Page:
Submissions now open
Submissions to run a Public Participation game at Cancon 2023 are now open.
Click here for the google form
Participation Games: Find Your Inner Gamer
What are ‘participation games’? Basically, they are what it says on the tin: games designed for the public to join in and have some fun. Unlike the many tournament games which generally require prior registration, participation games are open to anyone who shows an interest. They represent a window into the gaming community; a great opportunity to explore the range and depth of this wonderful hobby: miniatures games; Eurogames; card games; fantasy/sci-fi games and historical games are all featured. Participation games at CANCON are run by experts and enthusiasts eager to help you learn about their corner of the gaming world. Game systems range from cutting edge innovations to old favourites, but all offer you a chance to find your gaming identity.
Participation games run from 10:00am daily at CANCON. Spend an hour or spend three days—yes some games really do last that long—and try as many games as you like. And best of all, it is completely free!
(Chris Braddick, Participation Game Coordinator since 2017)
Air combat in World War One. The Great War. The War to end all wars.
Scenarios will include actions on the Western Front in 1918, Strategic Bombing missions in the first Battle of Britain, fights between various national independence groups in 1919, and the Martian Invasion.
Depending on time available and participant wishes, there may be appearances by Snoopy vs the Red Baron in 1918, and Santa Claus vs the Martians in 1920.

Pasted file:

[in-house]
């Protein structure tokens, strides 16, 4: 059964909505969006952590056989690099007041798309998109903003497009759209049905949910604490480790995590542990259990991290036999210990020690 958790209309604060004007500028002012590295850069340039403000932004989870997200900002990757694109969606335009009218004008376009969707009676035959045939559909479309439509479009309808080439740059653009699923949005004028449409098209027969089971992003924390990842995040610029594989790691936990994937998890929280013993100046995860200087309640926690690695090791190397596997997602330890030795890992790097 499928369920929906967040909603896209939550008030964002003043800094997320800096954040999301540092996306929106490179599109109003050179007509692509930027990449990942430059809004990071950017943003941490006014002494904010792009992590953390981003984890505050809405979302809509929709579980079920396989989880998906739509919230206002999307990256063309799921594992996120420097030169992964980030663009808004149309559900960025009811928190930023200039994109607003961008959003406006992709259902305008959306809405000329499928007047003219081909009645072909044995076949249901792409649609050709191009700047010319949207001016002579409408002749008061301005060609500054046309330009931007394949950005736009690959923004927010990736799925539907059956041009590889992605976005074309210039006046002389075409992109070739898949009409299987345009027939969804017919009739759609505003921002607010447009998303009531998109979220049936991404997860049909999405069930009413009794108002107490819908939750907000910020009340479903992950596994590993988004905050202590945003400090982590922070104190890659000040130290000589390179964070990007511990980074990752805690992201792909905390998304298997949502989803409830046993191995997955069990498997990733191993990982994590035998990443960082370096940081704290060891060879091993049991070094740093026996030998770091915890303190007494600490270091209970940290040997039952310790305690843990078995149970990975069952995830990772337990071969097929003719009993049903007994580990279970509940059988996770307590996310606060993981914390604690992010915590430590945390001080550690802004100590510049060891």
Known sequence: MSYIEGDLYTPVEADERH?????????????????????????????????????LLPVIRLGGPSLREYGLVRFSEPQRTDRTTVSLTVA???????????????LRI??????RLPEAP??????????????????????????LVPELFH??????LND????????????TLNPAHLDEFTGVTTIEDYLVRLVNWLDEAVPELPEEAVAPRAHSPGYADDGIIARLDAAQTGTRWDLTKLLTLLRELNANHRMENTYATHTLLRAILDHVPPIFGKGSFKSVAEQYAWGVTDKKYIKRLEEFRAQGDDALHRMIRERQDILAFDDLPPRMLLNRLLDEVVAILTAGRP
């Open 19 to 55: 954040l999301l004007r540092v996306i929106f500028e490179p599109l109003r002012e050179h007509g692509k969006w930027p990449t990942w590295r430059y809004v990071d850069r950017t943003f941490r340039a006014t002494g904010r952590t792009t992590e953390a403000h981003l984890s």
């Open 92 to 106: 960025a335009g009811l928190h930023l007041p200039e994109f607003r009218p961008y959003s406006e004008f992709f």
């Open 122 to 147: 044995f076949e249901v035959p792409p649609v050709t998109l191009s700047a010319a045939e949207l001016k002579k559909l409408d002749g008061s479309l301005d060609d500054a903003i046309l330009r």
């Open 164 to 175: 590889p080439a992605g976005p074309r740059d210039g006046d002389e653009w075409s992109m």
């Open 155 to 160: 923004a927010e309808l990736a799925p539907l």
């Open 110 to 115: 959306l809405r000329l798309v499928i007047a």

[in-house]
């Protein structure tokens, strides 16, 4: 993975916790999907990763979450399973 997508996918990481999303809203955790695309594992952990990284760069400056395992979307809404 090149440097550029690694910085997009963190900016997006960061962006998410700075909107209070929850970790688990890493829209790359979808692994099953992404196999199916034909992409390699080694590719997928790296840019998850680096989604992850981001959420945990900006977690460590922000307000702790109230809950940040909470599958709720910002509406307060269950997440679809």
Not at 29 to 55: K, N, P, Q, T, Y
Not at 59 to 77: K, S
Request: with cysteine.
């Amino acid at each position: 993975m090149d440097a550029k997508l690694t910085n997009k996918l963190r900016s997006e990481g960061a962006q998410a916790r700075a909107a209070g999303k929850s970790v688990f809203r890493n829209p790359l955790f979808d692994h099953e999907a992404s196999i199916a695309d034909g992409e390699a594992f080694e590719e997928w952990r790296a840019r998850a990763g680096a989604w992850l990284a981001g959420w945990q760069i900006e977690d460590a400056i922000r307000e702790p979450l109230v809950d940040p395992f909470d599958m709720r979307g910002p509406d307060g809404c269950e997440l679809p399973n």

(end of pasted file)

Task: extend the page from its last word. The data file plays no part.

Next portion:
Wings of Glory participation games have been run every year since 2012, and have proved very popular with young and old, newcomers and grognards. It takes 5 minutes to learn the rules, but a lifetime to master them. Each player commands one aircraft.back to top
Perennial favourites and hot new recent releases from Australia’s premier game supplier.
See what the latest releases from Z-Man games, Days of Wonder or Rio Grande among others are like. Try a Euro style game or the latest big box game from the US.
Ask about the games – players are happy to tell you about what they are playing, or join in – new games are starting frequently.back to top
This military history card game tests your military history knowledge and challenges you to score as many points as possible while determining a hidden word. Use a combination of clues and letter elimination (using the ‘Wordle’ game system) to determine the word as quickly as possible.back to top
Bigger Worlds Games presents: Cosmos: Empires, a 2-8 player, 15-45 minute engine building card game. Jump into the galaxy, choose your strategy and build your galactic empire. Race against your friends, exploiting their economy to your advantage!
We will also be demoing Exit Strategy! A 2-6 maze-building game which will be Kickstarted soon.back to top
Antares Kingdoms is an euro-style kingdom builder card game set in a medieval fantasy world. Players compete to be the most prosperous kingdom at the end of 2 ages by building sets of cards to complete their provinces.
Each year players draw 3 cards and build 2 into their kingdom, then decide whether to spend Supplies and Materials, Buy or Raid cards from other kingdoms, advance their Technology, Foresee Future or send out a trade caravan. You are joined by your unique faction advisors to help you take advantage of the next opportunity.back to top
The Japanese invasion of the Netherlands East Indies was a key component of Operation A-Go: the southern offensive.
The sprawling Dutch territory included the western half of Timor; the eastern part belonging to the neutral Portuguese, although the Japanese drew little distinction given the presence of Australian and Dutch troops in both.
The main Japanese motivation was to secure reliable supplies of oil. Timor had none, but its control was nevertheless essential if Japan was to isolate Australia from Britain and the US; General Wavell’s Joint American-British-Dutch-Australian (ABDA) Command having been activated on January 15th.
An air assault on Port Darwin on 19th February was designed to forestall further Australian intervention. Lieutenant General Sano Tadayoshi’s veteran 38th Infantry, the so-called ‘Swamp Division’, was given the task of conquering this archipelago, with the assistance of the Imperial Japanese Navy, but would the Australian-led ‘Sparrow Force’ be able to resist long enough for reinforcements to arrive?back to top